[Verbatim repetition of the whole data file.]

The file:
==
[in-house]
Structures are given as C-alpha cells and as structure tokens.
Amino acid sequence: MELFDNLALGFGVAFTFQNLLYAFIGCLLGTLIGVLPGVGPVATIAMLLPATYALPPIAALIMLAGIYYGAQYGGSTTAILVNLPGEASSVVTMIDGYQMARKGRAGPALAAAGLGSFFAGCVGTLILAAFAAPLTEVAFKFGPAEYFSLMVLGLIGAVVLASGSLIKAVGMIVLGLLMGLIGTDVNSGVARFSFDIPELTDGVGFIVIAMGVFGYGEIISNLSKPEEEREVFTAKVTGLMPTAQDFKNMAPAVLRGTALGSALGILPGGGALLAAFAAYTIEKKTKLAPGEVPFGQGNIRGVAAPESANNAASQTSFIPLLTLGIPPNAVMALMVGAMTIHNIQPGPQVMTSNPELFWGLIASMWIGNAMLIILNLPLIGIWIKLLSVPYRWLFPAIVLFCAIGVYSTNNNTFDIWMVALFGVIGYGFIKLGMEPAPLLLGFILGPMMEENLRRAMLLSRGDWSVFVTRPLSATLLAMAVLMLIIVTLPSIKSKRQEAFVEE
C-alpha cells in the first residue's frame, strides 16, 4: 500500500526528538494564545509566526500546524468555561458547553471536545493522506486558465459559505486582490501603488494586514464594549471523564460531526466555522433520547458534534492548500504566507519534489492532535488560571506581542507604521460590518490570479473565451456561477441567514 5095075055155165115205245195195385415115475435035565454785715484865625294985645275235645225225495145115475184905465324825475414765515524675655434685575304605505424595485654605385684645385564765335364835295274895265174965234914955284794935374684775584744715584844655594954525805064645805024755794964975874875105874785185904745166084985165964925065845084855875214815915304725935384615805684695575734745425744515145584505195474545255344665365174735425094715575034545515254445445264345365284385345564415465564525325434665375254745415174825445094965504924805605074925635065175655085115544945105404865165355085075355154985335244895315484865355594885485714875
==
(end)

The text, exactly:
[in-house]
Structures are given as C-alpha cells and as structure tokens.
Amino acid sequence: MELFDNLALGFGVAFTFQNLLYAFIGCLLGTLIGVLPGVGPVATIAMLLPATYALPPIAALIMLAGIYYGAQYGGSTTAILVNLPGEASSVVTMIDGYQMARKGRAGPALAAAGLGSFFAGCVGTLILAAFAAPLTEVAFKFGPAEYFSLMVLGLIGAVVLASGSLIKAVGMIVLGLLMGLIGTDVNSGVARFSFDIPELTDGVGFIVIAMGVFGYGEIISNLSKPEEEREVFTAKVTGLMPTAQDFKNMAPAVLRGTALGSALGILPGGGALLAAFAAYTIEKKTKLAPGEVPFGQGNIRGVAAPESANNAASQTSFIPLLTLGIPPNAVMALMVGAMTIHNIQPGPQVMTSNPELFWGLIASMWIGNAMLIILNLPLIGIWIKLLSVPYRWLFPAIVLFCAIGVYSTNNNTFDIWMVALFGVIGYGFIKLGMEPAPLLLGFILGPMMEENLRRAMLLSRGDWSVFVTRPLSATLLAMAVLMLIIVTLPSIKSKRQEAFVEE
C-alpha cells in the first residue's frame, strides 16, 4: 500500500526528538494564545509566526500546524468555561458547553471536545493522506486558465459559505486582490501603488494586514464594549471523564460531526466555522433520547458534534492548500504566507519534489492532535488560571506581542507604521460590518490570479473565451456561477441567514 5095075055155165115205245195195385415115475435035565454785715484865625294985645275235645225225495145115475184905465324825475414765515524675655434685575304605505424595485654605385684645385564765335364835295274895265174965234914955284794935374684775584744715584844655594954525805064645805024755794964975874875105874785185904745166084985165964925065845084855875214815915304725935384615805684695575734745425744515145584505195474545255344665365174735425094715575034545515254445445264345365284385345564415465564525325434665375254745415174825445094965504924805605074925635065175655085115544945105404865165355085075355154985335244895315484865355594885485714875